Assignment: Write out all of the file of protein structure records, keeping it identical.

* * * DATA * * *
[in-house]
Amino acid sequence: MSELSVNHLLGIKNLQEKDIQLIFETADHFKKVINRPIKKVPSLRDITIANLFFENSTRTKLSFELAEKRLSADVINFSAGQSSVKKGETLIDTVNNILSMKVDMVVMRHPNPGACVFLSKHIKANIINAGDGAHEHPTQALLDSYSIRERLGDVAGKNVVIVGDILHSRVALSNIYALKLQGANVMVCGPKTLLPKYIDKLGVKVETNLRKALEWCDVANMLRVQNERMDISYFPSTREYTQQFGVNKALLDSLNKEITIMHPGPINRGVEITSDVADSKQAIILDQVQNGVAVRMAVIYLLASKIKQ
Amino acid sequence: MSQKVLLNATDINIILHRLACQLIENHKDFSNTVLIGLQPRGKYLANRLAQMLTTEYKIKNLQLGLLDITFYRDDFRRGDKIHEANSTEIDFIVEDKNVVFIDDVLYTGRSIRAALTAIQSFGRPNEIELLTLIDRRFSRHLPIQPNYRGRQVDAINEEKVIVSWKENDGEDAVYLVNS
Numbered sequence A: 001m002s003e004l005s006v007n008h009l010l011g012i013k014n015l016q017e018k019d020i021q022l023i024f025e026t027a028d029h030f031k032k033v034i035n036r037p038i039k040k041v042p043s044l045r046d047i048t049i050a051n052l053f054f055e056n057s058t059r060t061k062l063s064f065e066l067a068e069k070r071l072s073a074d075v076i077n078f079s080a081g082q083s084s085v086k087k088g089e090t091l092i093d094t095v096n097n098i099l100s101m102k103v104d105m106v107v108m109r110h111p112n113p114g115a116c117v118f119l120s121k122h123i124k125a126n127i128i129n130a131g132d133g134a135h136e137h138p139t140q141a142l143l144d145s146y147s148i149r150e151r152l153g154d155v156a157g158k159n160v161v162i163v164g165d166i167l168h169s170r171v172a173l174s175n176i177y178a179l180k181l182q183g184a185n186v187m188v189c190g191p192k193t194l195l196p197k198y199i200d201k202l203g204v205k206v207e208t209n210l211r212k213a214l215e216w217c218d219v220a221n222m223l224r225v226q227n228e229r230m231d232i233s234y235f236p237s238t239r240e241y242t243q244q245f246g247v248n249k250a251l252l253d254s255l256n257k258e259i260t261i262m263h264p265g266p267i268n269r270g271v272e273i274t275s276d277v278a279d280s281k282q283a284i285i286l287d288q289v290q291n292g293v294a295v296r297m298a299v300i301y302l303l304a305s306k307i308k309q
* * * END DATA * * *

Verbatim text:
[in-house]
Amino acid sequence: MSELSVNHLLGIKNLQEKDIQLIFETADHFKKVINRPIKKVPSLRDITIANLFFENSTRTKLSFELAEKRLSADVINFSAGQSSVKKGETLIDTVNNILSMKVDMVVMRHPNPGACVFLSKHIKANIINAGDGAHEHPTQALLDSYSIRERLGDVAGKNVVIVGDILHSRVALSNIYALKLQGANVMVCGPKTLLPKYIDKLGVKVETNLRKALEWCDVANMLRVQNERMDISYFPSTREYTQQFGVNKALLDSLNKEITIMHPGPINRGVEITSDVADSKQAIILDQVQNGVAVRMAVIYLLASKIKQ
Amino acid sequence: MSQKVLLNATDINIILHRLACQLIENHKDFSNTVLIGLQPRGKYLANRLAQMLTTEYKIKNLQLGLLDITFYRDDFRRGDKIHEANSTEIDFIVEDKNVVFIDDVLYTGRSIRAALTAIQSFGRPNEIELLTLIDRRFSRHLPIQPNYRGRQVDAINEEKVIVSWKENDGEDAVYLVNS
Numbered sequence A: 001m002s003e004l005s006v007n008h009l010l011g012i013k014n015l016q017e018k019d020i021q022l023i024f025e026t027a028d029h030f031k032k033v034i035n036r037p038i039k040k041v042p043s044l045r046d047i048t049i050a051n052l053f054f055e056n057s058t059r060t061k062l063s064f065e066l067a068e069k070r071l072s073a074d075v076i077n078f079s080a081g082q083s084s085v086k087k088g089e090t091l092i093d094t095v096n097n098i099l100s101m102k103v104d105m106v107v108m109r110h111p112n113p114g115a116c117v118f119l120s121k122h123i124k125a126n127i128i129n130a131g132d133g134a135h136e137h138p139t140q141a142l143l144d145s146y147s148i149r150e151r152l153g154d155v156a157g158k159n160v161v162i163v164g165d166i167l168h169s170r171v172a173l174s175n176i177y178a179l180k181l182q183g184a185n186v187m188v189c190g191p192k193t194l195l196p197k198y199i200d201k202l203g204v205k206v207e208t209n210l211r212k213a214l215e216w217c218d219v220a221n222m223l224r225v226q227n228e229r230m231d232i233s234y235f236p237s238t239r240e241y242t243q244q245f246g247v248n249k250a251l252l253d254s255l256n257k258e259i260t261i262m263h264p265g266p267i268n269r270g271v272e273i274t275s276d277v278a279d280s281k282q283a284i285i286l287d288q289v290q291n292g293v294a295v296r297m298a299v300i301y302l303l304a305s306k307i308k309q